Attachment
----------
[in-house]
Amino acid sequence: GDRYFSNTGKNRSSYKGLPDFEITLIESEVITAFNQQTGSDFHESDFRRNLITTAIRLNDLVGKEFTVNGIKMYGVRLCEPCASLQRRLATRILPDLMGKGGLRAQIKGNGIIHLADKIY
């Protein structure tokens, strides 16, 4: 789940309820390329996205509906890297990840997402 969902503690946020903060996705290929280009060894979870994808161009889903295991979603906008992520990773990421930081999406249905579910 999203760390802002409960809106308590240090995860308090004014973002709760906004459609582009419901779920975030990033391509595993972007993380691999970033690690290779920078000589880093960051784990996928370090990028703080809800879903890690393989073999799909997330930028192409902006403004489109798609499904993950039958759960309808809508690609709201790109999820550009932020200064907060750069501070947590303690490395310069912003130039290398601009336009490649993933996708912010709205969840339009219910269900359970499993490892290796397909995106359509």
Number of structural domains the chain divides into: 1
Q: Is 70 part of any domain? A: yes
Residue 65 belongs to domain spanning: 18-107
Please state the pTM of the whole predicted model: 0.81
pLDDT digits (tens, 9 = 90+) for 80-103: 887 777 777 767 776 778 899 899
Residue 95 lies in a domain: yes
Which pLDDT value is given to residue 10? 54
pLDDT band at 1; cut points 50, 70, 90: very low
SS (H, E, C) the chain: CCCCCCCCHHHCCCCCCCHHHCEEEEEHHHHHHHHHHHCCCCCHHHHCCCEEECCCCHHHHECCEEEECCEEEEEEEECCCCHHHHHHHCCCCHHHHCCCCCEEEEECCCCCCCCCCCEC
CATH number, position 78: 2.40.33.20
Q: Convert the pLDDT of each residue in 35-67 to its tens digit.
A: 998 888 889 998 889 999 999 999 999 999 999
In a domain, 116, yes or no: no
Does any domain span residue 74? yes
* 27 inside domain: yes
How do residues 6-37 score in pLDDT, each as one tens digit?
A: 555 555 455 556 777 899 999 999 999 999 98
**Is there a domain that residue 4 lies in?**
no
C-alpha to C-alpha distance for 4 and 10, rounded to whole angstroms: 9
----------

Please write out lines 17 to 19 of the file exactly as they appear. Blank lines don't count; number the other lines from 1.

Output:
Does any domain span residue 74? yes
* 27 inside domain: yes
How do residues 6-37 score in pLDDT, each as one tens digit?